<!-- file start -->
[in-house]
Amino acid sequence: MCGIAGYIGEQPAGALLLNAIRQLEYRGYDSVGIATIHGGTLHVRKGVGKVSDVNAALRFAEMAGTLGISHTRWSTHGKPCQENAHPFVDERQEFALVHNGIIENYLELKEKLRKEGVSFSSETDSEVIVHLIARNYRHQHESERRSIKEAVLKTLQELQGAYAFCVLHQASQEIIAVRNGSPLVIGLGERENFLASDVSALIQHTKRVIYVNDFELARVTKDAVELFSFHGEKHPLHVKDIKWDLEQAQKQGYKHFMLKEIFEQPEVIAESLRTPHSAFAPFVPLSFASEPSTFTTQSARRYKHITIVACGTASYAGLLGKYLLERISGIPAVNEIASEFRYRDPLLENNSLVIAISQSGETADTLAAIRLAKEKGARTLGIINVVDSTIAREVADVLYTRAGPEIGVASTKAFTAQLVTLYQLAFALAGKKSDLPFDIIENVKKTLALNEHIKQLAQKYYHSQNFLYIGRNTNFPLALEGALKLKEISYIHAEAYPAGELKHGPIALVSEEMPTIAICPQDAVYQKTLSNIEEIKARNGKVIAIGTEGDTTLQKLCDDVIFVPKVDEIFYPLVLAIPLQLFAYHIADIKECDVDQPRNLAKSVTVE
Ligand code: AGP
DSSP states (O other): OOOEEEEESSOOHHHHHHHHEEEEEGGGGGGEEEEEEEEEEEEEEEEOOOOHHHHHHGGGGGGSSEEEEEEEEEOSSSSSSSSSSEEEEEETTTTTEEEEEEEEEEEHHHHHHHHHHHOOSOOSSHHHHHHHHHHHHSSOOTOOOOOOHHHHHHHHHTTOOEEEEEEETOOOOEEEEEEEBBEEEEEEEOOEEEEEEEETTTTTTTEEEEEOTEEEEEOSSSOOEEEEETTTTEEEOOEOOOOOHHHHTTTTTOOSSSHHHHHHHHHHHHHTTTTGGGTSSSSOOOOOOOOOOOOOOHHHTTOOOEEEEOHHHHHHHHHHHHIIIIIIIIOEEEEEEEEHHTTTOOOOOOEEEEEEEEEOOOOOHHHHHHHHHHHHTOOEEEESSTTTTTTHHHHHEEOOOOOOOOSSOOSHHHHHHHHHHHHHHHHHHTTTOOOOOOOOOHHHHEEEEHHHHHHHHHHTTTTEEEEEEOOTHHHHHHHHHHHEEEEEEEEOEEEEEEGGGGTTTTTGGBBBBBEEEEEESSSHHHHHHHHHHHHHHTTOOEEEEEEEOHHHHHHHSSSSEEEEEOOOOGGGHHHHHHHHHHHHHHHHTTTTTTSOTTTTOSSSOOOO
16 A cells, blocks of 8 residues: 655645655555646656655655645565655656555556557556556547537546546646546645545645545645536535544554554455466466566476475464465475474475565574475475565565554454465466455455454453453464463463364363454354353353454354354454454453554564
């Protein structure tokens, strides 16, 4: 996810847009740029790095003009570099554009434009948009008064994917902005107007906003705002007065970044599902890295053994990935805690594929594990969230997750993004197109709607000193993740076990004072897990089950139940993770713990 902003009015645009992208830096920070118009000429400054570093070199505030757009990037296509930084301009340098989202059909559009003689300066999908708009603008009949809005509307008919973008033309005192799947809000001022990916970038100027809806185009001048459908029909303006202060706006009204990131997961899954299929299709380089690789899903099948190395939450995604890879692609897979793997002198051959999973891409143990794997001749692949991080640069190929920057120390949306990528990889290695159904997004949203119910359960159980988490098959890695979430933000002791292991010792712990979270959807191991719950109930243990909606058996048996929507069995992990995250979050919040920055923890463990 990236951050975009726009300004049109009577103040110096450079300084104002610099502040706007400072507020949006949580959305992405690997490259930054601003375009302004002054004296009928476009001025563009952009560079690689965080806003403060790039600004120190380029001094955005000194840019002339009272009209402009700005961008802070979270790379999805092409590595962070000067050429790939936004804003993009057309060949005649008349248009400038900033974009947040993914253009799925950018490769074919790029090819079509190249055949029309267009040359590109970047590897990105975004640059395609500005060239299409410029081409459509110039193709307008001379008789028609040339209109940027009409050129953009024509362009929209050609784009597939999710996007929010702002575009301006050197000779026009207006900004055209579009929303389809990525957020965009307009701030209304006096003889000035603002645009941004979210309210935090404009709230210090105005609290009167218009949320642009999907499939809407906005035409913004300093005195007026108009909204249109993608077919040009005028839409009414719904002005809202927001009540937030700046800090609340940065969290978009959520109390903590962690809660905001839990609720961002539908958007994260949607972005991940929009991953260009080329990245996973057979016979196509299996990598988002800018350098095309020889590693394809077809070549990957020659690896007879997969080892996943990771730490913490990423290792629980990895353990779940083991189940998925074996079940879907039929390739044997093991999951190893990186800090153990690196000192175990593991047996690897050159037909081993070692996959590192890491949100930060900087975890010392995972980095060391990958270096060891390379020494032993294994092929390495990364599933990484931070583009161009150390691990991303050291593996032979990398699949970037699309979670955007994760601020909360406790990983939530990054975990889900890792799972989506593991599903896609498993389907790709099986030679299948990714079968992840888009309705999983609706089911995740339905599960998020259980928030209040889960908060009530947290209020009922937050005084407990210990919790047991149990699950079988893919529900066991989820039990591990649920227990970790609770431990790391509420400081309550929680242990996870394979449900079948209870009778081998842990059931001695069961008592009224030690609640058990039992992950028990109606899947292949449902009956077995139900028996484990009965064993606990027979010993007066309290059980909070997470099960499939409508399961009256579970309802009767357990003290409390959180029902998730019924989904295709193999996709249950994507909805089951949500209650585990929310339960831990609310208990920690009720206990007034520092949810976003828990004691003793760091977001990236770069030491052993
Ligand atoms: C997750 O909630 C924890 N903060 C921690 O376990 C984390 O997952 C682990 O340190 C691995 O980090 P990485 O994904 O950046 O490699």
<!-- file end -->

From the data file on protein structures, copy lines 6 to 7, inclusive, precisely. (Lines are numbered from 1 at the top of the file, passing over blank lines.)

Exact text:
């Protein structure tokens, strides 16, 4: 996810847009740029790095003009570099554009434009948009008064994917902005107007906003705002007065970044599902890295053994990935805690594929594990969230997750993004197109709607000193993740076990004072897990089950139940993770713990 902003009015645009992208830096920070118009000429400054570093070199505030757009990037296509930084301009340098989202059909559009003689300066999908708009603008009949809005509307008919973008033309005192799947809000001022990916970038100027809806185009001048459908029909303006202060706006009204990131997961899954299929299709380089690789899903099948190395939450995604890879692609897979793997002198051959999973891409143990794997001749692949991080640069190929920057120390949306990528990889290695159904997004949203119910359960159980988490098959890695979430933000002791292991010792712990979270959807191991719950109930243990909606058996048996929507069995992990995250979050919040920055923890463990 990236951050975009726009300004049109009577103040110096450079300084104002610099502040706007400072507020949006949580959305992405690997490259930054601003375009302004002054004296009928476009001025563009952009560079690689965080806003403060790039600004120190380029001094955005000194840019002339009272009209402009700005961008802070979270790379999805092409590595962070000067050429790939936004804003993009057309060949005649008349248009400038900033974009947040993914253009799925950018490769074919790029090819079509190249055949029309267009040359590109970047590897990105975004640059395609500005060239299409410029081409459509110039193709307008001379008789028609040339209109940027009409050129953009024509362009929209050609784009597939999710996007929010702002575009301006050197000779026009207006900004055209579009929303389809990525957020965009307009701030209304006096003889000035603002645009941004979210309210935090404009709230210090105005609290009167218009949320642009999907499939809407906005035409913004300093005195007026108009909204249109993608077919040009005028839409009414719904002005809202927001009540937030700046800090609340940065969290978009959520109390903590962690809660905001839990609720961002539908958007994260949607972005991940929009991953260009080329990245996973057979016979196509299996990598988002800018350098095309020889590693394809077809070549990957020659690896007879997969080892996943990771730490913490990423290792629980990895353990779940083991189940998925074996079940879907039929390739044997093991999951190893990186800090153990690196000192175990593991047996690897050159037909081993070692996959590192890491949100930060900087975890010392995972980095060391990958270096060891390379020494032993294994092929390495990364599933990484931070583009161009150390691990991303050291593996032979990398699949970037699309979670955007994760601020909360406790990983939530990054975990889900890792799972989506593991599903896609498993389907790709099986030679299948990714079968992840888009309705999983609706089911995740339905599960998020259980928030209040889960908060009530947290209020009922937050005084407990210990919790047991149990699950079988893919529900066991989820039990591990649920227990970790609770431990790391509420400081309550929680242990996870394979449900079948209870009778081998842990059931001695069961008592009224030690609640058990039992992950028990109606899947292949449902009956077995139900028996484990009965064993606990027979010993007066309290059980909070997470099960499939409508399961009256579970309802009767357990003290409390959180029902998730019924989904295709193999996709249950994507909805089951949500209650585990929310339960831990609310208990920690009720206990007034520092949810976003828990004691003793760091977001990236770069030491052993
Ligand atoms: C997750 O909630 C924890 N903060 C921690 O376990 C984390 O997952 C682990 O340190 C691995 O980090 P990485 O994904 O950046 O490699």